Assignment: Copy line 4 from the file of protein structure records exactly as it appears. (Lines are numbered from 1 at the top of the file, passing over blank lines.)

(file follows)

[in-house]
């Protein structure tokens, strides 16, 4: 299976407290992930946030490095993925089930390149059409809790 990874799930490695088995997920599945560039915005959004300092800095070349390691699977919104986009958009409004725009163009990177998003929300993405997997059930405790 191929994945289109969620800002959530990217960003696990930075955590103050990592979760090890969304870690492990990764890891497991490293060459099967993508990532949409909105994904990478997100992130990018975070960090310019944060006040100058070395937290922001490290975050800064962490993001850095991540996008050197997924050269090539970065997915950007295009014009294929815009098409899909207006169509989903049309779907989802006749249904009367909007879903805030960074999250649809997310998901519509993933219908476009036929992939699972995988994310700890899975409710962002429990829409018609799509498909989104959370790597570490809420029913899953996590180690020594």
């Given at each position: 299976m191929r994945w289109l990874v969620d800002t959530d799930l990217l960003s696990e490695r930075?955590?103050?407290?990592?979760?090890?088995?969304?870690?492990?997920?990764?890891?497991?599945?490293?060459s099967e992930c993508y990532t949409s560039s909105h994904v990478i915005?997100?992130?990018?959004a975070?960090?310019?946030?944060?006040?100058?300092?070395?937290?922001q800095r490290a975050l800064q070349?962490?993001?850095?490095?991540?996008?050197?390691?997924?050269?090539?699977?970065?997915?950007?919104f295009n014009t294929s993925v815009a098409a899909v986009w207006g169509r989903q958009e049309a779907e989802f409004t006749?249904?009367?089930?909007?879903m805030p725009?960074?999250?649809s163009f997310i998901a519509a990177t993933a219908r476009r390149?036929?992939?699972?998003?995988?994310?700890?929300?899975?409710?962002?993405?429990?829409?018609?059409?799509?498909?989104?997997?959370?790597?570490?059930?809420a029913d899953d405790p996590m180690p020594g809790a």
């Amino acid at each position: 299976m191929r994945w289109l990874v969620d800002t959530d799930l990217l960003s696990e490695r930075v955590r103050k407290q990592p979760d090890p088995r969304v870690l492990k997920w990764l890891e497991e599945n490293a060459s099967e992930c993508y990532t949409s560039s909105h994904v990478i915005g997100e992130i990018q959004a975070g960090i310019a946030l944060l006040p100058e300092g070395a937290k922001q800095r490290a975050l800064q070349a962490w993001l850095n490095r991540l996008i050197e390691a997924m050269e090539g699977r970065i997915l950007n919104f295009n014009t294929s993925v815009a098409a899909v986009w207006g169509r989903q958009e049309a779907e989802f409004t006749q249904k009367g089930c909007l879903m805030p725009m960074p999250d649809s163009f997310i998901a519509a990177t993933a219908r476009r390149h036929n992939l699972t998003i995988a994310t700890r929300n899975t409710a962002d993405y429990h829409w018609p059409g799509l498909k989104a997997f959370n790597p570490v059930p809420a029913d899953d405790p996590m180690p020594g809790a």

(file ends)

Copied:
């Amino acid at each position: 299976m191929r994945w289109l990874v969620d800002t959530d799930l990217l960003s696990e490695r930075v955590r103050k407290q990592p979760d090890p088995r969304v870690l492990k997920w990764l890891e497991e599945n490293a060459s099967e992930c993508y990532t949409s560039s909105h994904v990478i915005g997100e992130i990018q959004a975070g960090i310019a946030l944060l006040p100058e300092g070395a937290k922001q800095r490290a975050l800064q070349a962490w993001l850095n490095r991540l996008i050197e390691a997924m050269e090539g699977r970065i997915l950007n919104f295009n014009t294929s993925v815009a098409a899909v986009w207006g169509r989903q958009e049309a779907e989802f409004t006749q249904k009367g089930c909007l879903m805030p725009m960074p999250d649809s163009f997310i998901a519509a990177t993933a219908r476009r390149h036929n992939l699972t998003i995988a994310t700890r929300n899975t409710a962002d993405y429990h829409w018609p059409g799509l498909k989104a997997f959370n790597p570490v059930p809420a029913d899953d405790p996590m180690p020594g809790a």